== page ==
color-blind-monkey-3The results were dramatic. The monkeys had already been trained to recognize patterns of blue and yellow dots against a gray screen in order to get a grape juice reward. About 20 weeks after the procedure, they began to also recognize the patterns of green and red dots that they had previously ignored. Two years on, the monkeys can still see the colors and have experienced no obvious side effects.

The researchers say that the work’s most interesting aspect is that the monkeys gained full-color vision even though their adult brains couldn’t grow new neural circuits. Instead the existing neural circuitry and visual pathways apparently adapted to make use of the new opsin pigment that was suddenly produced in the eye. This realization will open the way for new research on treating a wide range of eye disorders in adults.

Study coauthor Jay Neitz says the findings could, theoretically, lead to work that goes beyond curing eye diseases, and forges ahead into eye enhancements. One very speculative and futuristic possibility is that of using gene therapy to equip humans to see ranges of light invisible to them at present, such as ultraviolet or infrared light. Some birds and reptiles can sense UV light, for example, and some fish can sense wavelengths approaching those in the infrared. “I wouldn’t rule it out completely, but it’s very futuristic,” says Neitz [New Scientist].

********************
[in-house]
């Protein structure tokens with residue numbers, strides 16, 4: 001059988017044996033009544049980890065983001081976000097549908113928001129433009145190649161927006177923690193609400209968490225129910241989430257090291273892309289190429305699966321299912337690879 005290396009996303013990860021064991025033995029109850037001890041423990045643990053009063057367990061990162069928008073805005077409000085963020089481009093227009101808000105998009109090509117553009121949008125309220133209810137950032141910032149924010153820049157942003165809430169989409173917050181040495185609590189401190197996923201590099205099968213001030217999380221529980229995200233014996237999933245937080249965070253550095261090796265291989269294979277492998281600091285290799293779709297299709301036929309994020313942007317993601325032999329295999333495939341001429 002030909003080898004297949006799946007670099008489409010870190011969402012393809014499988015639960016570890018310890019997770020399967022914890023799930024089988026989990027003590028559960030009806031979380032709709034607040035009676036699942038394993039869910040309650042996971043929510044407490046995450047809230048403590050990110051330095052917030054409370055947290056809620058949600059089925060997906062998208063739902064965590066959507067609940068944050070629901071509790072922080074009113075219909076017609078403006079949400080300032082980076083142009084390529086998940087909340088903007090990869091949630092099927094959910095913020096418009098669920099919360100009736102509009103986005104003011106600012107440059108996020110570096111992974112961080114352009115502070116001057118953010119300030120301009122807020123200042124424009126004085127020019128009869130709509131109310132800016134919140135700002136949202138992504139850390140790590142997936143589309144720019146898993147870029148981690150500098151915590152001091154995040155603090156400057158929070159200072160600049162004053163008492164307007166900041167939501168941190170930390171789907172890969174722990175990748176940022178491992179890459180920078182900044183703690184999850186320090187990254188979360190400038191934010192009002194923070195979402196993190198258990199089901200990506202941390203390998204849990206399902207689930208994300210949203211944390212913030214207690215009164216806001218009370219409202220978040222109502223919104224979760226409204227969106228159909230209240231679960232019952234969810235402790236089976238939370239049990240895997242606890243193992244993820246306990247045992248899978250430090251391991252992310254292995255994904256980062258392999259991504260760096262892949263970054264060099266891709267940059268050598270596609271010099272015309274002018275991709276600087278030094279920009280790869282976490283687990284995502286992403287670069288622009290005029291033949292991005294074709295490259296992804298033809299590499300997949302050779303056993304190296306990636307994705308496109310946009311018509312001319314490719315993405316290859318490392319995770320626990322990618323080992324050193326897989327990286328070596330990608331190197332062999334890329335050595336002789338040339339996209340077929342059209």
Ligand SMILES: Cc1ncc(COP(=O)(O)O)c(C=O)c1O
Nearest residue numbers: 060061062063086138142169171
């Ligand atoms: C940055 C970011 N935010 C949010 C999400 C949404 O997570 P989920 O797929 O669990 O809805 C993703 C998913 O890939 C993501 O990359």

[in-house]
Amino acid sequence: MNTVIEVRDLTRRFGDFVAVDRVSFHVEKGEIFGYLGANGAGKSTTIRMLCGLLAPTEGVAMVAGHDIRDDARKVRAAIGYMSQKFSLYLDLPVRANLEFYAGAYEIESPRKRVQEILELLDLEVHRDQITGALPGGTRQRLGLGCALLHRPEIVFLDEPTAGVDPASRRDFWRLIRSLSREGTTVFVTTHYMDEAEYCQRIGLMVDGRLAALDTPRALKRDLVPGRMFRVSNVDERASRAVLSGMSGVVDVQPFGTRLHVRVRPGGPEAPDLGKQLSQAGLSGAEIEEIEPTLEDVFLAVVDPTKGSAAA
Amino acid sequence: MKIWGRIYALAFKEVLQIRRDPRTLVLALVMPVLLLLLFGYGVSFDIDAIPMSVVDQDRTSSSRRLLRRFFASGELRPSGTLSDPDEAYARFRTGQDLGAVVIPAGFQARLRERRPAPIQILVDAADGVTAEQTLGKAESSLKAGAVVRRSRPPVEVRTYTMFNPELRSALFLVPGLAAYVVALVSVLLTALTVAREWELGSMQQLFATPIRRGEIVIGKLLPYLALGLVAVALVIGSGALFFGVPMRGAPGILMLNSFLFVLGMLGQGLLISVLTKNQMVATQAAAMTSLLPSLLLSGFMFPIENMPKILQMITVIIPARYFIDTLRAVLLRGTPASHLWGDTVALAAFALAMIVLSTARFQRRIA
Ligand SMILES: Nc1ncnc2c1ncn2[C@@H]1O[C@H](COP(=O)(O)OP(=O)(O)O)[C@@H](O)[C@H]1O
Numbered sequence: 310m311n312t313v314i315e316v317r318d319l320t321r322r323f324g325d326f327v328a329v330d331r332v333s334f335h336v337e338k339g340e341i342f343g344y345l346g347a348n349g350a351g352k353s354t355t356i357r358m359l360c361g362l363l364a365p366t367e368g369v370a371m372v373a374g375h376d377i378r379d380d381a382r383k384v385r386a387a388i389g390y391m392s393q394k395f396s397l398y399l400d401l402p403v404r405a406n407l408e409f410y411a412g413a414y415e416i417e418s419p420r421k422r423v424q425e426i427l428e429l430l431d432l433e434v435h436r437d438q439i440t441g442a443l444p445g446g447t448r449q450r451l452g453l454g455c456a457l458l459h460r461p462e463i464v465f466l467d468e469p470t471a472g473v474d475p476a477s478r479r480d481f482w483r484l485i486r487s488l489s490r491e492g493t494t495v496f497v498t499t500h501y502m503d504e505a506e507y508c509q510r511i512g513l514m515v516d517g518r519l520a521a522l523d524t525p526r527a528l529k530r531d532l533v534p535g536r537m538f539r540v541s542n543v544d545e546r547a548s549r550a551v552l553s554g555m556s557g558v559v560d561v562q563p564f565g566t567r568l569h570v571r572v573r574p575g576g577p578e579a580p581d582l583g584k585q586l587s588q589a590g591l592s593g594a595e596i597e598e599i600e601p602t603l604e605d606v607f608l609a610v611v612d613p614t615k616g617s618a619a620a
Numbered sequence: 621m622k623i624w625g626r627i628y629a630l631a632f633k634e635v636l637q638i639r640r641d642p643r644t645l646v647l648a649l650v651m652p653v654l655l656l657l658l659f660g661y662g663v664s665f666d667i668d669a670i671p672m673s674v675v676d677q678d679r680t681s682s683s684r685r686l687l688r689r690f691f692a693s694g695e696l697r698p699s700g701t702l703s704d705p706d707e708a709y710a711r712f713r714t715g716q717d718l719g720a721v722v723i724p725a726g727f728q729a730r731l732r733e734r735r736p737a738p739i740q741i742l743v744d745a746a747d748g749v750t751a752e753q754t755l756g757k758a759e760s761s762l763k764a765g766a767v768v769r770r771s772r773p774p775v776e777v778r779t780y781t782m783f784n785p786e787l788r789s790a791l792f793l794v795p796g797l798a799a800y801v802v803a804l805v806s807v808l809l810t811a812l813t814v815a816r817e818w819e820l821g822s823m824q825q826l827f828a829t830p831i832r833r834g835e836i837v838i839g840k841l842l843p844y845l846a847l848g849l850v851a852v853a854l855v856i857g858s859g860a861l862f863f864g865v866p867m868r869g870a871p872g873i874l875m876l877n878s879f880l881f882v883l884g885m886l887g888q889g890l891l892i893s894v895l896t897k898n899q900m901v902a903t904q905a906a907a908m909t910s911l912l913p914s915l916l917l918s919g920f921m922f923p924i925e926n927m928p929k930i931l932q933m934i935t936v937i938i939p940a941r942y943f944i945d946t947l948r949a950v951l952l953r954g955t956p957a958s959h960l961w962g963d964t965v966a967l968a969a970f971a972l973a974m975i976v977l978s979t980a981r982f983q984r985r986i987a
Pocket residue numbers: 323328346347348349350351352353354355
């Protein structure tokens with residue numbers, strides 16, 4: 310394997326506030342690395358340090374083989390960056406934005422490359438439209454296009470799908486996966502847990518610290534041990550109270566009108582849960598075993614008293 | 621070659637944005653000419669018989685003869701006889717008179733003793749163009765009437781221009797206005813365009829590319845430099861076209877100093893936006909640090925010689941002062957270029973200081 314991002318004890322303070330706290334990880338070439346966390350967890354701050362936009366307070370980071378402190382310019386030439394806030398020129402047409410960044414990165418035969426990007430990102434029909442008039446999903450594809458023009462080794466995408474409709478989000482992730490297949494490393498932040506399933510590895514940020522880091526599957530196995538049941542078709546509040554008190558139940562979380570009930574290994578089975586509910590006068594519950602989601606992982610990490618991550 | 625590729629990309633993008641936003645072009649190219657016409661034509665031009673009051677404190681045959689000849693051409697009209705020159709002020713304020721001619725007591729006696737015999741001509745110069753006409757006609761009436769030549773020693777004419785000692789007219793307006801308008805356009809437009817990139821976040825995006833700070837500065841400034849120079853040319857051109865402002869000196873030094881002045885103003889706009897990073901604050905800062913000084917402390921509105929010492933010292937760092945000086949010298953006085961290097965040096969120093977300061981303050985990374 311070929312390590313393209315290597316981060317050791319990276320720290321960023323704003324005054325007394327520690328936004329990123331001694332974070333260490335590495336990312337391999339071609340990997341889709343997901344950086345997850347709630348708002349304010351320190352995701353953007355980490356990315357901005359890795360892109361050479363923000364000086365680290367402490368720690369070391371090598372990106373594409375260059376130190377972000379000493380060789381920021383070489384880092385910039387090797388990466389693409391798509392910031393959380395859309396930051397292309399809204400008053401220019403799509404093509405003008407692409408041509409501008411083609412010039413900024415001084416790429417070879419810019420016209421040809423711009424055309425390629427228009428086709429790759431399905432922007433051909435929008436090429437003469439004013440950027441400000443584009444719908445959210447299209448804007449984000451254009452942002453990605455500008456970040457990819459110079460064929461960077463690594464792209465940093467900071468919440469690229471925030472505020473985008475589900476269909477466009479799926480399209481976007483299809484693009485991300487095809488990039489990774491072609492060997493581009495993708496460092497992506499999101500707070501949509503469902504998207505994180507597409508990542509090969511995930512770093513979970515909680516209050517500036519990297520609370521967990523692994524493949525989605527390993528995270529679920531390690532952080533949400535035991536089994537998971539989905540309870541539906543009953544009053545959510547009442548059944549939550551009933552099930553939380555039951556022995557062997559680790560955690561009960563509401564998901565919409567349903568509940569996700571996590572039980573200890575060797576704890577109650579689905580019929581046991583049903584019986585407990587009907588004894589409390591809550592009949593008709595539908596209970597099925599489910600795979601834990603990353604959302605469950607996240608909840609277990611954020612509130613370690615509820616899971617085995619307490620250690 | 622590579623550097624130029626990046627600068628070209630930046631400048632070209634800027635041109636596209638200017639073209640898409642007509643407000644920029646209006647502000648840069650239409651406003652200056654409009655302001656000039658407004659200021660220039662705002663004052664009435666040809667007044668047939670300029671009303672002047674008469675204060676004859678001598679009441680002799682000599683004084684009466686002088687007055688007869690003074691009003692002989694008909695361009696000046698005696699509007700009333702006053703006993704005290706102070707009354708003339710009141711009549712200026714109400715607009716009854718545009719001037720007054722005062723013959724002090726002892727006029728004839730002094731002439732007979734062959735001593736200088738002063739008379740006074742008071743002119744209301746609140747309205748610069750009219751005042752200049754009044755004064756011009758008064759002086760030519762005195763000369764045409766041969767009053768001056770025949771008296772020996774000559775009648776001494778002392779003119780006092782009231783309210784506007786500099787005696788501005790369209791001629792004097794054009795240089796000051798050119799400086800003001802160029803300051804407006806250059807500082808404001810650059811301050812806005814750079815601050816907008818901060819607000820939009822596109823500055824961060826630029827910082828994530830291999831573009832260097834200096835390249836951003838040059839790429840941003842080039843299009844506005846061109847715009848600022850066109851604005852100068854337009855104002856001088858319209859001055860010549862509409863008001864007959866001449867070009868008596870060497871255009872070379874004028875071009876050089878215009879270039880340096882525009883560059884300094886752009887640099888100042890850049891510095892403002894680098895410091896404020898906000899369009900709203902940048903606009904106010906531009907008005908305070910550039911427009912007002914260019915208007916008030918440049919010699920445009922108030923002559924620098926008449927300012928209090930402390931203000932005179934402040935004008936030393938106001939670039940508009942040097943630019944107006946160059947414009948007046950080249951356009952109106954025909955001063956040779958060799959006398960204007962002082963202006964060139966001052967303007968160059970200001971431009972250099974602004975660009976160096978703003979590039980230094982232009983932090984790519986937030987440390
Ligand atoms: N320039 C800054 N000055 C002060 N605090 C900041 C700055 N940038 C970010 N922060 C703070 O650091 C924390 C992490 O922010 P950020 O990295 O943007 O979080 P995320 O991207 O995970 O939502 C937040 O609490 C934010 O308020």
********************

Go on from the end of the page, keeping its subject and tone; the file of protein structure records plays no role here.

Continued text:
But enough of the medical implications of the research. Here’s a pressing question: What must it have been like for the monkeys to suddenly see the world in full color? While we can’t get an answer from Dalton and Sam, Neitz is willing to speculate. “You go out and look at a rainbow, or the fall leaves, or sunset over the ocean, and it’s not something where you just say, ‘I can see colors.’ It has a deep effect on us,” he said. “These emotions are something we inherited from our evolutionary past. I think monkeys have that, too. I think these animals must have the real experience of, “Oh! Wow!” []

Related Content: